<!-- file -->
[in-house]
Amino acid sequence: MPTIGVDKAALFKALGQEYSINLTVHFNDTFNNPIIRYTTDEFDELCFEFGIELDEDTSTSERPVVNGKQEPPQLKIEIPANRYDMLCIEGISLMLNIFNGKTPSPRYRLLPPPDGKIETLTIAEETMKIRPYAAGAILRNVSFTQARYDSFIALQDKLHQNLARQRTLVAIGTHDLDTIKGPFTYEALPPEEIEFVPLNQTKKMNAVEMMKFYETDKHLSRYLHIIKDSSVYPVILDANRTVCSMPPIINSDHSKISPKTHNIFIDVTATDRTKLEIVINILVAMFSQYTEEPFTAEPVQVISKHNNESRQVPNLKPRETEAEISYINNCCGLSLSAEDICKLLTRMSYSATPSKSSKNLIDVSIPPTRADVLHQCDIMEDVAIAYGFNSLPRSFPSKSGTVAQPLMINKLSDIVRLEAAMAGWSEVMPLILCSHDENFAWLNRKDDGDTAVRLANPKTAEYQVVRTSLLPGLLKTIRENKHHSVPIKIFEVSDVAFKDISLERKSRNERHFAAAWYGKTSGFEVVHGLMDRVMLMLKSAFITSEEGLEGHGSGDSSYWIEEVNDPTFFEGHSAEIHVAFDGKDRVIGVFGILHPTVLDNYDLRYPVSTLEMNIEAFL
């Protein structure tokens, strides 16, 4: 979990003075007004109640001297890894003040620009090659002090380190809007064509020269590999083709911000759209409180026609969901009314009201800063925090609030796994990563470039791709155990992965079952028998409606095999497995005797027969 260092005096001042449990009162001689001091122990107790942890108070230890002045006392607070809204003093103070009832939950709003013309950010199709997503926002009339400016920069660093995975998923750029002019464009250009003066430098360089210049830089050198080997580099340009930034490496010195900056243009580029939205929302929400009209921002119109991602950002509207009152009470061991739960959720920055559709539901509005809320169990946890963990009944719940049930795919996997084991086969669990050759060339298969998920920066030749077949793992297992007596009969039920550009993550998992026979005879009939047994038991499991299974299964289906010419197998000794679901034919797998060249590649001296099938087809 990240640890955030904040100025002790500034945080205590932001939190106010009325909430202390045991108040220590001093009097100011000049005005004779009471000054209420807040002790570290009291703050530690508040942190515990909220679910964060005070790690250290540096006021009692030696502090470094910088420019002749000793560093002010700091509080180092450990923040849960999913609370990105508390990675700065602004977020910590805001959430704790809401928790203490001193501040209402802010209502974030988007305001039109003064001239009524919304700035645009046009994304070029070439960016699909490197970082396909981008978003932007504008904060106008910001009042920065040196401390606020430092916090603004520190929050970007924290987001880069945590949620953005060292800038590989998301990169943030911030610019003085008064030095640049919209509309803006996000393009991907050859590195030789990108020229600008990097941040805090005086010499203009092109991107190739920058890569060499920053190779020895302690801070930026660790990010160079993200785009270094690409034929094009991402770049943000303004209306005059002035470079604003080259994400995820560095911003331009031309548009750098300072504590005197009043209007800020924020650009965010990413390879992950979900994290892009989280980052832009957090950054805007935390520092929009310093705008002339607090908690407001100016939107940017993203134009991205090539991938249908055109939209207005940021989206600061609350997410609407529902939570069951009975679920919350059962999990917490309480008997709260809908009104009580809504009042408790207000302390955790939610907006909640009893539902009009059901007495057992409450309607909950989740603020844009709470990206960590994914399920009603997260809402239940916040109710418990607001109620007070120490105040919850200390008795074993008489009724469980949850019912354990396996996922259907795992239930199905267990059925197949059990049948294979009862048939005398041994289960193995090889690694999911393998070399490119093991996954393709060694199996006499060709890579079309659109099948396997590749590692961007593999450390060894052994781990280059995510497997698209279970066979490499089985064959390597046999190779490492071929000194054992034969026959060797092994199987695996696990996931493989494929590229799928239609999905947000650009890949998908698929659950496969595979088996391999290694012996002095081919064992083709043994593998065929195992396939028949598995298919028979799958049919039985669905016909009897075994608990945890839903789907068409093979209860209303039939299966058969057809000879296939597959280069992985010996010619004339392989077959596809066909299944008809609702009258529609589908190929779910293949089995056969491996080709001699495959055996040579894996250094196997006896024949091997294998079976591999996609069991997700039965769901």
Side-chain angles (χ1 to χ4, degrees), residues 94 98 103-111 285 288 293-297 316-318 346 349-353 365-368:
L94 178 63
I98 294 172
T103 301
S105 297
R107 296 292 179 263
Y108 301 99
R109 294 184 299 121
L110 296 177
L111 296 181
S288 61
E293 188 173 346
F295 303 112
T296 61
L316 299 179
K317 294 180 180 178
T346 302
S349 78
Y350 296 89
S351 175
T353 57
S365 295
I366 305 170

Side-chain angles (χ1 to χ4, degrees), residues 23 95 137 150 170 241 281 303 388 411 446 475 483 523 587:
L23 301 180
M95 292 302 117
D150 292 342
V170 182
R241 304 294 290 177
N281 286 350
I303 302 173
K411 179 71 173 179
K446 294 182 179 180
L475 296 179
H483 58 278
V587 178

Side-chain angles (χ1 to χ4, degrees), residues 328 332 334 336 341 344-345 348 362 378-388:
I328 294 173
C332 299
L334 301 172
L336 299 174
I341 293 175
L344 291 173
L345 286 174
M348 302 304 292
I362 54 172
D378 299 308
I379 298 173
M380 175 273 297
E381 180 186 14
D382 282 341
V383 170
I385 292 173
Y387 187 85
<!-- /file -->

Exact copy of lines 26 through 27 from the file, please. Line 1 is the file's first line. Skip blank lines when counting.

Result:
I366 305 170

Side-chain angles (χ1 to χ4, degrees), residues 23 95 137 150 170 241 281 303 388 411 446 475 483 523 587: